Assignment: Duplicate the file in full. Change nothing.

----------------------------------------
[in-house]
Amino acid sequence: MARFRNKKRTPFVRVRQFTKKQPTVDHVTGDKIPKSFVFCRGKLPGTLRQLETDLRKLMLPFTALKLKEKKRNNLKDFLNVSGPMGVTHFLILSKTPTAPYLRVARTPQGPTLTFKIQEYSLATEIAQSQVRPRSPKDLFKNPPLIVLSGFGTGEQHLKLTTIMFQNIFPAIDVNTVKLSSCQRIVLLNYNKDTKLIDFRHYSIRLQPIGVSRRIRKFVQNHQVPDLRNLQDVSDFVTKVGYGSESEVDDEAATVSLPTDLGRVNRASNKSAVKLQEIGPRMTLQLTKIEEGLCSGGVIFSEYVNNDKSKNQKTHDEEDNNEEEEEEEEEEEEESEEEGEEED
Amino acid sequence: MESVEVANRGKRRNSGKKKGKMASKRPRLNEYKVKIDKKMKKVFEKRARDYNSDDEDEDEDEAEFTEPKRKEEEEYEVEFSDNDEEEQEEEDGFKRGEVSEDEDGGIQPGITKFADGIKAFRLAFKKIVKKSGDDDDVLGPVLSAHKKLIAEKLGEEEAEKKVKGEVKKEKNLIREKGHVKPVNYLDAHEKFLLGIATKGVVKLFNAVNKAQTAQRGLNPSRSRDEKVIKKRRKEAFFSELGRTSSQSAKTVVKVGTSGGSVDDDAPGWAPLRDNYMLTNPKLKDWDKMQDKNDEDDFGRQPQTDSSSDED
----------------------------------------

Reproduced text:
[in-house]
Amino acid sequence: MARFRNKKRTPFVRVRQFTKKQPTVDHVTGDKIPKSFVFCRGKLPGTLRQLETDLRKLMLPFTALKLKEKKRNNLKDFLNVSGPMGVTHFLILSKTPTAPYLRVARTPQGPTLTFKIQEYSLATEIAQSQVRPRSPKDLFKNPPLIVLSGFGTGEQHLKLTTIMFQNIFPAIDVNTVKLSSCQRIVLLNYNKDTKLIDFRHYSIRLQPIGVSRRIRKFVQNHQVPDLRNLQDVSDFVTKVGYGSESEVDDEAATVSLPTDLGRVNRASNKSAVKLQEIGPRMTLQLTKIEEGLCSGGVIFSEYVNNDKSKNQKTHDEEDNNEEEEEEEEEEEEESEEEGEEED
Amino acid sequence: MESVEVANRGKRRNSGKKKGKMASKRPRLNEYKVKIDKKMKKVFEKRARDYNSDDEDEDEDEAEFTEPKRKEEEEYEVEFSDNDEEEQEEEDGFKRGEVSEDEDGGIQPGITKFADGIKAFRLAFKKIVKKSGDDDDVLGPVLSAHKKLIAEKLGEEEAEKKVKGEVKKEKNLIREKGHVKPVNYLDAHEKFLLGIATKGVVKLFNAVNKAQTAQRGLNPSRSRDEKVIKKRRKEAFFSELGRTSSQSAKTVVKVGTSGGSVDDDAPGWAPLRDNYMLTNPKLKDWDKMQDKNDEDDFGRQPQTDSSSDED